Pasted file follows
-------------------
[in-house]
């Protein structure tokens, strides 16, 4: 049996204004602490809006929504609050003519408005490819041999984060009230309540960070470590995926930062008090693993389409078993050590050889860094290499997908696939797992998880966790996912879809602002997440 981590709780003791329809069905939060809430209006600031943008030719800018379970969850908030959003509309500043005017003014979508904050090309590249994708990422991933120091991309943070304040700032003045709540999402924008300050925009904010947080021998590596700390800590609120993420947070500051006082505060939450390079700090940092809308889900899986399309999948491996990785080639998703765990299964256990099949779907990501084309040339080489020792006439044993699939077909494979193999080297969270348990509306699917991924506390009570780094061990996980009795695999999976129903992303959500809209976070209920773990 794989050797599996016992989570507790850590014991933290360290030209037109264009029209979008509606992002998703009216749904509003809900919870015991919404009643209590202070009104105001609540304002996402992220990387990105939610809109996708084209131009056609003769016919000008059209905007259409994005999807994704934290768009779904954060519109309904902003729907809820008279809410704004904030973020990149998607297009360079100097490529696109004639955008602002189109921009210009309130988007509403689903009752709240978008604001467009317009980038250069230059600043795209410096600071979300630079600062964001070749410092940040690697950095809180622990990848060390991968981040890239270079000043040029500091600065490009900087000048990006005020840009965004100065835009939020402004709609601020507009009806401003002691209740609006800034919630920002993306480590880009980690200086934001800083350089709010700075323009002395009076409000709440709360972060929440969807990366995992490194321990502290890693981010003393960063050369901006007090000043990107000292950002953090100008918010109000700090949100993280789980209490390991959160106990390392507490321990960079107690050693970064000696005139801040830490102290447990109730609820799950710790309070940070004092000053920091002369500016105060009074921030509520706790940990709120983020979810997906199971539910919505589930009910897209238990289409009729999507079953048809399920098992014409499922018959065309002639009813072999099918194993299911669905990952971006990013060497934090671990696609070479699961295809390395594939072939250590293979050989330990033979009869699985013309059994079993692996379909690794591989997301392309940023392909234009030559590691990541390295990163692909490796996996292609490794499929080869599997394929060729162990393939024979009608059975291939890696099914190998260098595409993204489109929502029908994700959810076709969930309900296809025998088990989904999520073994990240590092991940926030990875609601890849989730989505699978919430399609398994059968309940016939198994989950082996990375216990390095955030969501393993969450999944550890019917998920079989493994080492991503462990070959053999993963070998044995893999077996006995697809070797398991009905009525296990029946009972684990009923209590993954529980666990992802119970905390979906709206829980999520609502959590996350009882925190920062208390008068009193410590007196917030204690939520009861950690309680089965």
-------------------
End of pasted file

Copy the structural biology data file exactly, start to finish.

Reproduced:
[in-house]
């Protein structure tokens, strides 16, 4: 049996204004602490809006929504609050003519408005490819041999984060009230309540960070470590995926930062008090693993389409078993050590050889860094290499997908696939797992998880966790996912879809602002997440 981590709780003791329809069905939060809430209006600031943008030719800018379970969850908030959003509309500043005017003014979508904050090309590249994708990422991933120091991309943070304040700032003045709540999402924008300050925009904010947080021998590596700390800590609120993420947070500051006082505060939450390079700090940092809308889900899986399309999948491996990785080639998703765990299964256990099949779907990501084309040339080489020792006439044993699939077909494979193999080297969270348990509306699917991924506390009570780094061990996980009795695999999976129903992303959500809209976070209920773990 794989050797599996016992989570507790850590014991933290360290030209037109264009029209979008509606992002998703009216749904509003809900919870015991919404009643209590202070009104105001609540304002996402992220990387990105939610809109996708084209131009056609003769016919000008059209905007259409994005999807994704934290768009779904954060519109309904902003729907809820008279809410704004904030973020990149998607297009360079100097490529696109004639955008602002189109921009210009309130988007509403689903009752709240978008604001467009317009980038250069230059600043795209410096600071979300630079600062964001070749410092940040690697950095809180622990990848060390991968981040890239270079000043040029500091600065490009900087000048990006005020840009965004100065835009939020402004709609601020507009009806401003002691209740609006800034919630920002993306480590880009980690200086934001800083350089709010700075323009002395009076409000709440709360972060929440969807990366995992490194321990502290890693981010003393960063050369901006007090000043990107000292950002953090100008918010109000700090949100993280789980209490390991959160106990390392507490321990960079107690050693970064000696005139801040830490102290447990109730609820799950710790309070940070004092000053920091002369500016105060009074921030509520706790940990709120983020979810997906199971539910919505589930009910897209238990289409009729999507079953048809399920098992014409499922018959065309002639009813072999099918194993299911669905990952971006990013060497934090671990696609070479699961295809390395594939072939250590293979050989330990033979009869699985013309059994079993692996379909690794591989997301392309940023392909234009030559590691990541390295990163692909490796996996292609490794499929080869599997394929060729162990393939024979009608059975291939890696099914190998260098595409993204489109929502029908994700959810076709969930309900296809025998088990989904999520073994990240590092991940926030990875609601890849989730989505699978919430399609398994059968309940016939198994989950082996990375216990390095955030969501393993969450999944550890019917998920079989493994080492991503462990070959053999993963070998044995893999077996006995697809070797398991009905009525296990029946009972684990009923209590993954529980666990992802119970905390979906709206829980999520609502959590996350009882925190920062208390008068009193410590007196917030204690939520009861950690309680089965």